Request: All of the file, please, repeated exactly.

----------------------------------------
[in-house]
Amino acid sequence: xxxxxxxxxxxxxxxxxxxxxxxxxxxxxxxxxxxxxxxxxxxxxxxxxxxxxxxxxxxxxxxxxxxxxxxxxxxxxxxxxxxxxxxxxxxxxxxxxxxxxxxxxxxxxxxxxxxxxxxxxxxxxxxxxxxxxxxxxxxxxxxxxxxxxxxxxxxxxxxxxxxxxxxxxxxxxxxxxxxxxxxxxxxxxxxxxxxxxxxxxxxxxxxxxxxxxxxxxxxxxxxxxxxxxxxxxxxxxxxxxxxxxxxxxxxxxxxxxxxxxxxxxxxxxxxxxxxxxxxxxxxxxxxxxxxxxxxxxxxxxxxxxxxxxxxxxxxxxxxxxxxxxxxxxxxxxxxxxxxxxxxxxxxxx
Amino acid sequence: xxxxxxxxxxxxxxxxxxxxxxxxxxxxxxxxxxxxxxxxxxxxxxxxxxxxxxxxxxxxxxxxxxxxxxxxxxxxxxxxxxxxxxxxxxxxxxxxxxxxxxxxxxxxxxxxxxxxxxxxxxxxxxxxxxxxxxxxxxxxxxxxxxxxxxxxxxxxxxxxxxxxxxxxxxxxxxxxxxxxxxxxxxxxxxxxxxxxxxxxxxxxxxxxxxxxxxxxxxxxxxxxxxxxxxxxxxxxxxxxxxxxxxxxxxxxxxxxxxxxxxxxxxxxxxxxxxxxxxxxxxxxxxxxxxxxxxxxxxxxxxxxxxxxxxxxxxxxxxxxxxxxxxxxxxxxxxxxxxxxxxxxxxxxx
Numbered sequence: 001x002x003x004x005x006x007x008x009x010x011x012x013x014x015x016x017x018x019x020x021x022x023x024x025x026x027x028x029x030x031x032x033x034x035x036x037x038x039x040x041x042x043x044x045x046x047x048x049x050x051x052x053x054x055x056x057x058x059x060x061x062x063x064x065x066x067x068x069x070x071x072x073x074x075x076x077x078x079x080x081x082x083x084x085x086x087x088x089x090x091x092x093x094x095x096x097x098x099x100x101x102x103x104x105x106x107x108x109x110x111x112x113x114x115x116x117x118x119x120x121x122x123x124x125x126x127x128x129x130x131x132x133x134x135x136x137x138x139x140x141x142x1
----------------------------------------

[in-house]
Amino acid sequence: xxxxxxxxxxxxxxxxxxxxxxxxxxxxxxxxxxxxxxxxxxxxxxxxxxxxxxxxxxxxxxxxxxxxxxxxxxxxxxxxxxxxxxxxxxxxxxxxxxxxxxxxxxxxxxxxxxxxxxxxxxxxxxxxxxxxxxxxxxxxxxxxxxxxxxxxxxxxxxxxxxxxxxxxxxxxxxxxxxxxxxxxxxxxxxxxxxxxxxxxxxxxxxxxxxxxxxxxxxxxxxxxxxxxxxxxxxxxxxxxxxxxxxxxxxxxxxxxxxxxxxxxxxxxxxxxxxxxxxxxxxxxxxxxxxxxxxxxxxxxxxxxxxxxxxxxxxxxxxxxxxxxxxxxxxxxxxxxxxxxxxxxxxxxx
Amino acid sequence: xxxxxxxxxxxxxxxxxxxxxxxxxxxxxxxxxxxxxxxxxxxxxxxxxxxxxxxxxxxxxxxxxxxxxxxxxxxxxxxxxxxxxxxxxxxxxxxxxxxxxxxxxxxxxxxxxxxxxxxxxxxxxxxxxxxxxxxxxxxxxxxxxxxxxxxxxxxxxxxxxxxxxxxxxxxxxxxxxxxxxxxxxxxxxxxxxxxxxxxxxxxxxxxxxxxxxxxxxxxxxxxxxxxxxxxxxxxxxxxxxxxxxxxxxxxxxxxxxxxxxxxxxxxxxxxxxxxxxxxxxxxxxxxxxxxxxxxxxxxxxxxxxxxxxxxxxxxxxxxxxxxxxxxxxxxxxxxxxxxxxxxxxxxxx
Numbered sequence: 001x002x003x004x005x006x007x008x009x010x011x012x013x014x015x016x017x018x019x020x021x022x023x024x025x026x027x028x029x030x031x032x033x034x035x036x037x038x039x040x041x042x043x044x045x046x047x048x049x050x051x052x053x054x055x056x057x058x059x060x061x062x063x064x065x066x067x068x069x070x071x072x073x074x075x076x077x078x079x080x081x082x083x084x085x086x087x088x089x090x091x092x093x094x095x096x097x098x099x100x101x102x103x104x105x106x107x108x109x110x111x112x113x114x115x116x117x118x119x120x121x122x123x124x125x126x127x128x129x130x131x132x133x134x135x136x137x138x139x140x141x142x1